I’ve talked before about how we are saving money for a house by living with my mom and step-dad. I even gave you some tips for if you are living with parents to save money for a house. Today, I’d like to share some lessons I’ve learned about qualifying for a mortgage. Some of these you may already know, but as a first time homebuyer, I had no idea just how difficult it would be to qualify for a mortgage.
Thankfully, we have a good little nest egg so we are currently only looking at homes we can buy cash in hand (which means we are competing with investors who steal everything we love). But we recently looked into getting pre-approved for a modest mortgage only to find out it’s more difficult than it looks.
1. You can’t qualify for a mortgage with bad credit, no matter what.
In order to qualify for a mortgage, your credit score (and the credit scores of everyone else whose income will count towards your approval) MUST be above a 620. So if your spouse has bad credit and an awesome job, you better start working on his or her credit so you can count that income. Otherwise, their income cannot count towards your approval. There are no exceptions to this rule – even if the credit is bad because of medical debt. Hopefully, in the future, medical debt will be treated differently than consumer debt, but for now, if your spouse has unpaid medical bills in collections, it isn’t counted any differently than someone who has tons of unpaid credit cards in collections.
2. If you are self-employed, your income probably doesn’t count.
The only way that self-employed income counts is by producing tax documents for the past two years that prove you have had a similar level of self-employment income for that amount of time. If you are newly self-employed or just haven’t made enough to pay taxes in the past but have seen a recent jump in income (common in bloggers), your income won’t count. Similarly, if you are a nanny or are paid under the table (which I don’t recommend), you don’t pay taxes on your income so it doesn’t count.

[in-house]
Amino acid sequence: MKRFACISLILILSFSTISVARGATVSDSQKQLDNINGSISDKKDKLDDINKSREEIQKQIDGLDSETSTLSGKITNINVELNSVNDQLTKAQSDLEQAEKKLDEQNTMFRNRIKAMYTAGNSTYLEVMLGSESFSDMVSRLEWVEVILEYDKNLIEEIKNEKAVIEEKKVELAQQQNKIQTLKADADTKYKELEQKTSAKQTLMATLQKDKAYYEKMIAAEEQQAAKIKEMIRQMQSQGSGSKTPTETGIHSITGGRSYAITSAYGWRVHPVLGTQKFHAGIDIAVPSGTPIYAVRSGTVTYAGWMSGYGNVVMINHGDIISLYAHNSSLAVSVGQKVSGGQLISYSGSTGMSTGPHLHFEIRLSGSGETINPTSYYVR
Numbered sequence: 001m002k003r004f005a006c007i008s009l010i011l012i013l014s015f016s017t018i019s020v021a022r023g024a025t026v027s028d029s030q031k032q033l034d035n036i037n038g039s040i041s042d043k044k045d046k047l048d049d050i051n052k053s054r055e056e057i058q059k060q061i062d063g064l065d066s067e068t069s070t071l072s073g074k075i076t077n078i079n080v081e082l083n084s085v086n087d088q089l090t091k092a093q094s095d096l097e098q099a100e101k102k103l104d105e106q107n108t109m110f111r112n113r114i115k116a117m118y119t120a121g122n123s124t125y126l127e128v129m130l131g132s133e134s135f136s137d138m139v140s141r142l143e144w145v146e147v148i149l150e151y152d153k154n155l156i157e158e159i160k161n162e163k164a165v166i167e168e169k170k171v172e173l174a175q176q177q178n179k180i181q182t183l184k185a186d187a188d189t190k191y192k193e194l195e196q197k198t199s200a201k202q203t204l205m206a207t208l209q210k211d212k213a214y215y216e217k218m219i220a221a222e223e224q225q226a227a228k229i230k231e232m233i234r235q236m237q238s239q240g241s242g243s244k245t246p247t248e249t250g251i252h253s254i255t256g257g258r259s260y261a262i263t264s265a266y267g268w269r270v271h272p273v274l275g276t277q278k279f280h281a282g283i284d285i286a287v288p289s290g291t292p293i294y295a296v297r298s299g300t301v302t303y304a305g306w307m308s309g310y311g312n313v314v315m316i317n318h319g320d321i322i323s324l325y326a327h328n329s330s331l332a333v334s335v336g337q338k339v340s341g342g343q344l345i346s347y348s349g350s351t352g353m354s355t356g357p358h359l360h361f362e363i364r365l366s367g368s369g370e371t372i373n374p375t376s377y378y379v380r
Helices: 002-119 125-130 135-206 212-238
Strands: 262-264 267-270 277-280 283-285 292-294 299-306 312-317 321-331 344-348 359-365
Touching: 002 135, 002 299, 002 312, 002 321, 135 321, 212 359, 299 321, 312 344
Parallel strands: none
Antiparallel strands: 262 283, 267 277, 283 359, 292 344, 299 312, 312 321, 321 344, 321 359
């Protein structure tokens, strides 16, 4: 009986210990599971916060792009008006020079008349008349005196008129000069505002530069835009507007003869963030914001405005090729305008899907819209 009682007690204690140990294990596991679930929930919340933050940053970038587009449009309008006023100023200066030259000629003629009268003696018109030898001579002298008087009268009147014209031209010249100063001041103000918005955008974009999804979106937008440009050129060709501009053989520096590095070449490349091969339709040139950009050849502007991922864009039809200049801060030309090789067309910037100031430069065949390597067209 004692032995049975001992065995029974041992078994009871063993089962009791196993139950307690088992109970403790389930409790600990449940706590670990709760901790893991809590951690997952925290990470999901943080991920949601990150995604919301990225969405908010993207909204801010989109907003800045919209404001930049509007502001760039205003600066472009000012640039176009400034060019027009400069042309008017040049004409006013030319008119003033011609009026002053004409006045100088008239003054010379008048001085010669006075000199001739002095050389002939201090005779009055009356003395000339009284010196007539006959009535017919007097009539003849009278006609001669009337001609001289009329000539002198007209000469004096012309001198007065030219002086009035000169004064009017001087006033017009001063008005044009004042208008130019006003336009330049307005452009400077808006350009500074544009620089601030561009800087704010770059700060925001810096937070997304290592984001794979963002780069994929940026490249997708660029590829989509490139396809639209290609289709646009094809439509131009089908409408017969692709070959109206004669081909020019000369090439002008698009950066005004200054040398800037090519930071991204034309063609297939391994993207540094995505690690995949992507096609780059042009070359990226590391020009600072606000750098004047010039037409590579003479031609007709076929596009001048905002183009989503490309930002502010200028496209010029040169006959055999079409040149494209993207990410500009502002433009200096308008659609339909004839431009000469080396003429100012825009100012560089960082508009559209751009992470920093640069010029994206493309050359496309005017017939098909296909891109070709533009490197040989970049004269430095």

3. Your income/debt ratio has to be below 40%.
If you already have a car payment and student loans, it’s possible you don’t qualify for a mortgage. If you bring home $3000 per month, you can only carry $1200 in monthly debt payments. So if you pay $500 in car payments and $700 in student loans, you can afford a mortgage of $0. No house for you (unless you pay with cash).
4. Getting a co-signer may not help you.
This is where things get incredibly
stupid confusing. We recently talked to a bank to try to get pre-approved for a mortgage that would be in my name with my mother as a co-signer. We did this because my husband’s credit isn’t quite good enough for a mortgage yet and my self-employed income doesn’t count. So we needed someone with good credit and verifiable income to co-sign, and my mom offered. When the bank ran the numbers, they explained that my student loan payments would be factored into her debt/income ratio (which pushed her just over 40%). So basically, if she wanted to purchase the house on her own, she would qualify for a mortgage. But if she co-signed with me (someone who is working from home, has only student loan debt, and has a husband making more than enough money to cover the mortgage and then some), she “couldn’t afford it.”
5. If you are purchasing with someone, your good doesn’t cancel out their bad.
You’ve probably already noticed this trend, but if you are purchasing a home with someone (spouse, co-signer, whatever), your good (or their good) doesn’t cancel out their bad (or your bad). If any person on the application has a credit score below 620, you don’t qualify for a mortgage. Everybody’s debts count, but only certain types of income count. You may be able to afford a house, but it doesn’t mean you qualify for a mortgage.
6. Having a large down-payment will not gloss over any of the above issues.
My husband and I are looking at very affordable houses. The loan we just tried to get would have been for a $47,000 home, and we were willing to put $25,000 down on it. The home appraises for over $70,000. On paper, it looked like a no-brainer to me. Even if we never paid anything on the mortgage and the house went into foreclosure, the bank would walk away with a house worth $70,000 for a total loan cost of $22,000. Even in that situation, they would walk away from the deal ahead financially – by thousands of dollars. But it doesn’t matter. The bank’s hands are tied by very rigid and specific mortgage rules. Even if you have a substantial down-payment, they have to abide by those rules.
If you or your spouse have bad credit, little savings, are self-employed, or don’t have a good job, it can be a struggle to realize your dreams of homeownership. But don’t give up. Start repairing and building your credit score today. Stop spending money needlessly. And realize that being self-employed means your income doesn’t count for two years. Knowing what you’re up against is the first step towards meeting your goal. I hope that you can find (and afford) the house of your dreams. And I’ll be sure to update you when we find ours.
What else should first time homebuyers know when they start looking? Share in the comments below.
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